The challenge for providers is that they have traditionally been restricted to providing services which fulfil their contract rather than meeting the specific needs of the disabled person. In MidCentral many providers have moved to a ‘flexible disability support contract’. This means they can shift their business model towards providing a ‘tailored-made’ approach to supports and services for disabled persons and whānau.
As we go through System Transformation providers will need to shift their thinking. There will be new contracts that the government will have with providers that emphasises the EGL principles and the need for flexibility. There will also be a new set of evaluation tools that the Ministry of Health will use to evaluate providers and monitor their change process.
Providers need to think about designing services person by person:
who the person is (really know the person)?
what their needs are?
how would that need be best met?
where would it be best met?
who should be involved – who would meet it?
They will also need to think about how they will:
increase choice and control for the disabled person and whānau
be flexible to meet the needs of the disabled person and whānau
provide a tailor-made service that meets the needs of the disabled person and whānau
have the disabled person and whānau direct decision-making
be transparent about funding and how service delivery will be provided
involve the disabled person and whānau in reviews and reporting
Most importantly families, particularly those with personal budgets – can shop around – you don’t have to take up the first offer – open-up your thinking – what is it you need and want?
In the ‘new system’ providers will need to:
Align to the EGL approach and principles
1. Align service delivery to the EGL principles (ie. choice and control).
2. Ensure the disabled person and whānau are in the driver’s seat with decision making.
3. Tailor supports and services to the person.
4. Work from one plan – one approach across services (no needs assessment!).
5. Ensure there is transparency around funding.
6. Support the person to ‘have a life’ (there needs to be a balance between safety vs restrictive practice).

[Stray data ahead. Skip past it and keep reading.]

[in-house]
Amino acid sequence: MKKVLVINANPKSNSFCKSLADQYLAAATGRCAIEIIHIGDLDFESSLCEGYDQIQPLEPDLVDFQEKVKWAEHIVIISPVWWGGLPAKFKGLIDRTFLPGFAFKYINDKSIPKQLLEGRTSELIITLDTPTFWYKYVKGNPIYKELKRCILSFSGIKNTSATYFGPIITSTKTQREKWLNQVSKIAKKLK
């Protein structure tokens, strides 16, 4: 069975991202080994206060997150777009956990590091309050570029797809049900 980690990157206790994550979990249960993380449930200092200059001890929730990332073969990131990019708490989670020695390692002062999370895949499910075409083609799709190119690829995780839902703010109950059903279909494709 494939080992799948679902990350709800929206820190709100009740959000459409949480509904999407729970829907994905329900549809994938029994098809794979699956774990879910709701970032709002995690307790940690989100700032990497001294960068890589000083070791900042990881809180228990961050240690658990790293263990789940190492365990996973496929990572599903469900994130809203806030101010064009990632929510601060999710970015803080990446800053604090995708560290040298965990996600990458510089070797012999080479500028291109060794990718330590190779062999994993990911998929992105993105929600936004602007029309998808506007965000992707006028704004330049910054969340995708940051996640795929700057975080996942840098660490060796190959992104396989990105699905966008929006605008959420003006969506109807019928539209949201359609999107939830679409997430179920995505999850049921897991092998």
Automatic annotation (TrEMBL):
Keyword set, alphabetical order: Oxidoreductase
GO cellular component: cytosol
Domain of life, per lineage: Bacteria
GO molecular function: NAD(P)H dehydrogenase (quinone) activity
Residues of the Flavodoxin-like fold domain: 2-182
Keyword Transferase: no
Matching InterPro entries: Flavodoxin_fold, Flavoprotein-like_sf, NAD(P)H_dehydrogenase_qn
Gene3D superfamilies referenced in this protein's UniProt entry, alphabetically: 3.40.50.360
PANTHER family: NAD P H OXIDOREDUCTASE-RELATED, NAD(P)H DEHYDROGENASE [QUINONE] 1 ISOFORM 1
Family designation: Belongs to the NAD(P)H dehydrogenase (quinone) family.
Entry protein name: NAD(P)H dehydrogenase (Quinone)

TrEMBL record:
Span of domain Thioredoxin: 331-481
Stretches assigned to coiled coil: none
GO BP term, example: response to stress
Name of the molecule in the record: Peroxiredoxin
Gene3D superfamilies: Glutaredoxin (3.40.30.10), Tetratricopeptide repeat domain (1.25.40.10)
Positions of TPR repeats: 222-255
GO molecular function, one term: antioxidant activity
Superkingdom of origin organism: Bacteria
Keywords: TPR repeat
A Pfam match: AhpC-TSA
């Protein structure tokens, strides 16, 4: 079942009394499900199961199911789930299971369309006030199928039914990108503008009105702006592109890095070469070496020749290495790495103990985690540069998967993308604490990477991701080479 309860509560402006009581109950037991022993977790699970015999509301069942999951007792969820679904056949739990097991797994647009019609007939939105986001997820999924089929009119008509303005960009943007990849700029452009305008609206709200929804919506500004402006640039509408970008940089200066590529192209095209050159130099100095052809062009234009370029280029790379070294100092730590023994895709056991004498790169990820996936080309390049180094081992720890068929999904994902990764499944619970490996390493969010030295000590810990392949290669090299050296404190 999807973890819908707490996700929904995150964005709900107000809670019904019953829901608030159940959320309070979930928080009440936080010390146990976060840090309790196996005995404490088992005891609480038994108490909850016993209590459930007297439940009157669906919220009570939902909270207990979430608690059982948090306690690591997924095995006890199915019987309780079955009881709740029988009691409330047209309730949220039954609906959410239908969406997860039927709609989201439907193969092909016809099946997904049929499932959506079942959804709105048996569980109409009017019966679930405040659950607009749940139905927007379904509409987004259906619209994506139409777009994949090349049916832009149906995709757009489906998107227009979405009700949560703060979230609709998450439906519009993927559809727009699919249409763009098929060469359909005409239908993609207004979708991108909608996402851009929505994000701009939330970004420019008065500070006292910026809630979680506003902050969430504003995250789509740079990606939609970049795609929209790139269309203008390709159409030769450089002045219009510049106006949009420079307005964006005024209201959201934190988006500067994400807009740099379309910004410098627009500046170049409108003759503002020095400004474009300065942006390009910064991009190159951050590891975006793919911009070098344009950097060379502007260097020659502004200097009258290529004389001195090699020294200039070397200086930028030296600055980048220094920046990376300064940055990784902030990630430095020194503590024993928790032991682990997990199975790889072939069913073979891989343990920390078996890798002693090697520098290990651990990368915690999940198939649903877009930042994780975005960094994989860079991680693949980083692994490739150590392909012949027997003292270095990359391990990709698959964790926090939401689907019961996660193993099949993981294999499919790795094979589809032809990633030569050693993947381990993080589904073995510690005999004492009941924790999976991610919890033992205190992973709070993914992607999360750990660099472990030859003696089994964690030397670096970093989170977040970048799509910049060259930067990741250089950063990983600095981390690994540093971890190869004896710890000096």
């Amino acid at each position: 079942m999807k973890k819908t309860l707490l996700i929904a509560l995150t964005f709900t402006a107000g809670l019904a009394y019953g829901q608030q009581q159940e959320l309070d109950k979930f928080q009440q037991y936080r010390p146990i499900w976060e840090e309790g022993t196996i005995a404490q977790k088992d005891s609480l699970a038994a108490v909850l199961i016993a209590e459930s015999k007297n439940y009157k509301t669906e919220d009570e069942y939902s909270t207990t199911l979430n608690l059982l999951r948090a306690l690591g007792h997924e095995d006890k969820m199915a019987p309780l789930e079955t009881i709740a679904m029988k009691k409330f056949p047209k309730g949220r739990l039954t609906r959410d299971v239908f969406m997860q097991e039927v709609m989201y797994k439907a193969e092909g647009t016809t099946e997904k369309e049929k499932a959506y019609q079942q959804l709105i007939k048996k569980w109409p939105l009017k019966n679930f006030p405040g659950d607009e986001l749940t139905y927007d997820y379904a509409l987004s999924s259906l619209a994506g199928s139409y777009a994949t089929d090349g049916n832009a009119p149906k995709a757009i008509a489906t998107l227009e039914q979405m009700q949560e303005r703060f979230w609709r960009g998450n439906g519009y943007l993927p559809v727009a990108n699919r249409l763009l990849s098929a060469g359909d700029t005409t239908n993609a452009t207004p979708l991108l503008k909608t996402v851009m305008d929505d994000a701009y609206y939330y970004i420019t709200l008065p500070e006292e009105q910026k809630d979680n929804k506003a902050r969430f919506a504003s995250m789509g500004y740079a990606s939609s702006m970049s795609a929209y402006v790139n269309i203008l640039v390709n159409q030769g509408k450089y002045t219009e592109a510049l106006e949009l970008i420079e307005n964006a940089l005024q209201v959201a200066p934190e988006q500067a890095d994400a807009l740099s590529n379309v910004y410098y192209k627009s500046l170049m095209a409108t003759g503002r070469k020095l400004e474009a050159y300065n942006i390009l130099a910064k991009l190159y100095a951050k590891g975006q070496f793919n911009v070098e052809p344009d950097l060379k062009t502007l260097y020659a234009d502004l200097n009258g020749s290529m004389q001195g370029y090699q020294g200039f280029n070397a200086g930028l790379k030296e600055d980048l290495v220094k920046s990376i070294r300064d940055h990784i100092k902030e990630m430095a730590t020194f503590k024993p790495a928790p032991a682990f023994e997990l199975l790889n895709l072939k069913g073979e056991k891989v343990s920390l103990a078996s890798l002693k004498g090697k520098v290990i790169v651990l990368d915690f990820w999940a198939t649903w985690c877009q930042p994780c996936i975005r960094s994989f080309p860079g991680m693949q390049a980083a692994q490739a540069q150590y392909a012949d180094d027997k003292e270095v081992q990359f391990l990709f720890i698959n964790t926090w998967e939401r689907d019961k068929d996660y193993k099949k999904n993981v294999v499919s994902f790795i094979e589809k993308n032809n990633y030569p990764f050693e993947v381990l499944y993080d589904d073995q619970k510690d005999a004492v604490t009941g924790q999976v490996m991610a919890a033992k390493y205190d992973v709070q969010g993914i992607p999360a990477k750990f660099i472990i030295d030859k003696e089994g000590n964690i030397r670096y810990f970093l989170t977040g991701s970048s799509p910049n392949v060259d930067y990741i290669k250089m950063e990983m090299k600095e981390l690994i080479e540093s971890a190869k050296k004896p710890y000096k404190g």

7. Work to ensure the person has access to, and involvement with, generic community supports and services.
Provide flexible service delivery
1. Be flexible and responsive to the needs of the disabled person and whānau.
2. Be able to provide the service that the disabled person or whānau want by tailoring supports rather than the provision of a set range of service types.
3. Have flexible contracts in order to make this work.
4. Negotiate how they work on a person by person and/or family by family basis.
Note: This will initially be informed by the individuals or families “plan”.
Provide Choice and Control
1. Understand that funding sits with the disabled person and/or his or her family.
2. Understand the different purchasing options families have (ie. have someone else manage the funds through to managing the funding themselves).
3. Understand that the disabled person and whānau do not have to use disability specific services – they can approach whoever they feel is best able to meet their needs (they can choose one service, multiple services, a ‘mainstream’ provider, or look to set up a purpose-built service).
4. Understand that the ‘transformed system’ is about shifting power and control – ensuring the disabled person and whānau are the key decision makers. This is a complete shift in thinking for everyone (from the old system to the new).
5. Understand the disabled person and whānau are customers looking to purchase the right supports and services for their situation.
1. Keep up-to-date with what is happening.
2. Provide the ‘right’ information to the disabled person and whānau.
3. Some people may need advice or guidance around what they can do ‘differently’.
4. Not everyone is going to be up to speed on what they can or cannot do.
Build Partnerships and Trusting Relationships
1. Develop good working partnerships (think about what makes a good partnership and how to makes this work well in practice).
2. Build trusting relationships – this is a key value that builds long term success for all involved.
3. Ensure roles and responsibilities are well defined.
4. Have respect for each other’s roles and ideas.
5. Always ensure confidentiality.
6. Listen to families.
Keep it real
1. Don’t overpromise and under deliver.
3. Provide a responsible service based on supporting the family member to ‘have a good life’.
5. Operate with a clear set of principles and expected outcomes.
2. Follow up with timeframes.
4. Ensure there is clear, transparent and open communication between all parties.
6. Be clear about what you can and cannot do (your parameters as a service provider).